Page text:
Latest News: Posts Tagged ‘gay propaganda’

“The stories of those who survived detention and torture and are now living undercover in Putin’s Russia.” MASHA GESSEN in The New Yorker

Tuesday, June 27th, 2017

Read it here.

An excerpt from GAY PROPAGANDA to celebrate National Coming Out Day

Tuesday, October 11th, 2016

“I’ll never forget it. I was 6. My mother and I went to the movies to see The Amphibian Man. In the middle of the movie, my mother bends down to me and whispers: ‘Look how beautiful Guttiere [the female protagonist] is!’ I nodded weakly, while not taking my eyes off Ichtiandr [the male protagonist]. I fell in love with him and asked to be taken to this movie a number of times. This goes to the question of why the very idea of ‘gay propaganda’ is absurd. As a biologist, I know that sexual orientation is formed in the womb and is impossible to influence in any direction. It’s not a matter of choice. When I was a child, I didn’t know any of this, of course, and didn’t understand why I was attracted to the beautiful Ichtiandr.”

—Vitaly, from Gay Propaganda: Russian Love Stories, edited by Masha Gessen and Joseph Huff-Hannon.

  Celebrates LGBTQ voices and National Coming Out Day

lean out cover

Dazed names GAY PROPAGANDA the best work of criticism in 2014

Tuesday, December 16th, 2014

The Sochi Winter Olympics threw a glaring light on Russia this year – a good year, then, to publish a book of testimony from LGBT Russians living and loving, at home and in exile. Homophobia is state-endorsed in Russia, but individuals daily enact the extraordinary bravery of continuing to exist as their ordinary, authentic selves. A remarkable collection.

To read the rest of the article, visit Dazed

Joseph Huff-Hannon is interviewed on MSNBC’s The Cycle about GAY PROPAGANDA

Tuesday, April 1st, 2014

Watch the interview above or on MSNBC.

The Los Angeles Review of Books reviews GAY PROPAGANDA

Monday, March 24th, 2014

JUST A FEW YEARS AGO only a handful of scholars and activists had anything to say about gay Russians. Recently though, thanks to the conjunction of the Olympics and the passage of various anti-gay laws in Russia, it seems like everyone has had to confront it: cultural figures like Harvey Fierstein, who penned an op-ed in The New York Times; Stephen Fry, who included Russia in his documentary on gay rights; Dustin Lance Black and Gus van Sant, who went to Petersburg for the Side by Side film festival; activists like Peter Tatchell, Michael Petrelis, and Queer Nation, who staged demonstrations; President Obama, who chose gay and lesbian athletes to send as the official delegation to the Olympics. The press regularly asked President Putin, the IOC, and Olympic athletes their positions on the issue of gays in Russia.

Everyone, it seemed, wanted to know: What is life like for gays in Russia? The question often comes with the implication that gay life there is a dark, dire affair, lived in fear and secrecy. High-profile laws and Western coverage of their passage have advanced this paradigm: laws such as the ban on “gay propaganda” and the ban preventing citizens of any country that allows marriage equality from adopting Russian orphans. Some critics have claimed that this paradigm is a distortion created by Western journalists; others, particularly left-leaning scholars, suggest that the direness of the situation for gay Russians has been exaggerated for propaganda purposes. Putin himself has pointed out that the criticism is hypocritical: there are, after all, anti-gay laws on the books in many US states, not to mention recent moves in several states to allow discrimination against gay people on religious grounds.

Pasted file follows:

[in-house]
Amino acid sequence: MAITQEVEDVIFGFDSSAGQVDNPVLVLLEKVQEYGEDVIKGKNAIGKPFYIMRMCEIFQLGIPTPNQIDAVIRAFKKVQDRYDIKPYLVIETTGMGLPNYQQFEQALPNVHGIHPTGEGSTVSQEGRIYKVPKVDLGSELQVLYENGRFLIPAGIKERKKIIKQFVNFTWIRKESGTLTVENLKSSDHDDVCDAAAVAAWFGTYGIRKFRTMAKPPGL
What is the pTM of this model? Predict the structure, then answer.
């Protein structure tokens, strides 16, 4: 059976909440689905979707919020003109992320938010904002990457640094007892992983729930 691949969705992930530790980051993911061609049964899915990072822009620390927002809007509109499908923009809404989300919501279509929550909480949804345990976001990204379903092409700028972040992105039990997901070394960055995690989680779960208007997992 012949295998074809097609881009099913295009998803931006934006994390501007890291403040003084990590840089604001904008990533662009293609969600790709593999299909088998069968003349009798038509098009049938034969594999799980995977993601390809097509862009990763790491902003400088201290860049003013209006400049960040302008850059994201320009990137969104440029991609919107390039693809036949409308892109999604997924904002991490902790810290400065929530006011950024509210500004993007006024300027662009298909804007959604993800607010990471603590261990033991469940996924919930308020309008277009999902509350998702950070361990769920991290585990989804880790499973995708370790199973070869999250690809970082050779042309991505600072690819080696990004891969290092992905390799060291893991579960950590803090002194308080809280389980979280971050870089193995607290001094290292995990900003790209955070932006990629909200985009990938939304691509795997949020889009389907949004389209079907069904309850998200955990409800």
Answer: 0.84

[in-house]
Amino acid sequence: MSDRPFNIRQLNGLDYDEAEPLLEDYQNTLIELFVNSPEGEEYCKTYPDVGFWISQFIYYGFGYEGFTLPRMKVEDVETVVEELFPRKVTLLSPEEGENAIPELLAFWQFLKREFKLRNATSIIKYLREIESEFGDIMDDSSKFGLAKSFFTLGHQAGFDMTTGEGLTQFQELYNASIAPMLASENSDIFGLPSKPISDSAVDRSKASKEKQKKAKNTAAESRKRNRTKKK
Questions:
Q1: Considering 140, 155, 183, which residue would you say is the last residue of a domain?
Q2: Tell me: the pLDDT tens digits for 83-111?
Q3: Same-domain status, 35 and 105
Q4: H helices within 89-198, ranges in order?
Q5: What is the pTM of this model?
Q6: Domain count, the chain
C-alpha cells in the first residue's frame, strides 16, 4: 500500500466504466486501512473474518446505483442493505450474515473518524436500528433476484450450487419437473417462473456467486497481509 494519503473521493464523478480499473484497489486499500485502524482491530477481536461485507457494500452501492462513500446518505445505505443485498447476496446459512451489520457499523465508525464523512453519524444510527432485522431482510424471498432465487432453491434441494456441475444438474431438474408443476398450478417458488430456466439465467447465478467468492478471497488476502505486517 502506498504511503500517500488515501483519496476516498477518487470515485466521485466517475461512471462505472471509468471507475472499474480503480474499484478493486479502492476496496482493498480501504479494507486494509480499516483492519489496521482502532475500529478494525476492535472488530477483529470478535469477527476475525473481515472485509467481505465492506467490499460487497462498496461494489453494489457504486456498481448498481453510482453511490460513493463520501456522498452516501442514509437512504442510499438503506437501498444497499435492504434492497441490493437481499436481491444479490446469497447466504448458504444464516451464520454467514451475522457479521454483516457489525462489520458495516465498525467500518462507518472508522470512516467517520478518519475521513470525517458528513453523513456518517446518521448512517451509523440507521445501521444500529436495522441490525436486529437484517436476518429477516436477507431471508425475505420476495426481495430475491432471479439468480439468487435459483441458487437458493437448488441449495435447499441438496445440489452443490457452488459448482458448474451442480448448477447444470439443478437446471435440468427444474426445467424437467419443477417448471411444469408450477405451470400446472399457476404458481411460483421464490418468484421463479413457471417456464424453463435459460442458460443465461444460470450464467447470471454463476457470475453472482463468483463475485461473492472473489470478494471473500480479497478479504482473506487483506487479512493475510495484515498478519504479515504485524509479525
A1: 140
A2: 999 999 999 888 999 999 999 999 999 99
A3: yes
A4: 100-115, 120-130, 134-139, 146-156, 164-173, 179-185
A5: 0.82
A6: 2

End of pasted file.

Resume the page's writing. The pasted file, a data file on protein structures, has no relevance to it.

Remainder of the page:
Amid all the vocal criticism and hand wringing, one has to wonder: what do gay Russians themselves have to say about being gay in Russia? It turns out a lot, and 29 of their life stories are revealed in their own words in the new collection Gay Propaganda: Russian Love Stories, edited by Masha Gessen and Joseph Huff-Hannon.

Read the full article at the Los Angeles Review of Books.

Slate publishes an excerpt from GAY PROPAGANDA

Thursday, March 20th, 2014


When they come home from their office jobs to a small two-room apartment in a tiny town outside of Moscow, Marina and Elena change into almost-matching pajamas with cat-and-paw-print patterns. They are both 28, and they have been living together for less than a year.

Their story began in preschool, when Marina was in love with a boy named Kolya. They were so taken with each other that their parents ended up becoming good friends, staying in touch even after Marina and Kolya’s romance faded.

Marina and Kolya grew up and both married different people when they were 20—no younger than most Russians. Marina had a son. Nine months later, Kolya’s wife, Elena, was due to give birth to a daughter. Kolya suggested they go see Marina, whom he hadn’t seen in years. His parents had told him that she had a new baby with her husband, Vitya. They could go see what a real one looked like.

They went to visit, and the next day Elena had her baby.

Read the full excerpt at Slate.

GAY PROPAGANDA is featured on Immigration Equality

Thursday, March 20th, 2014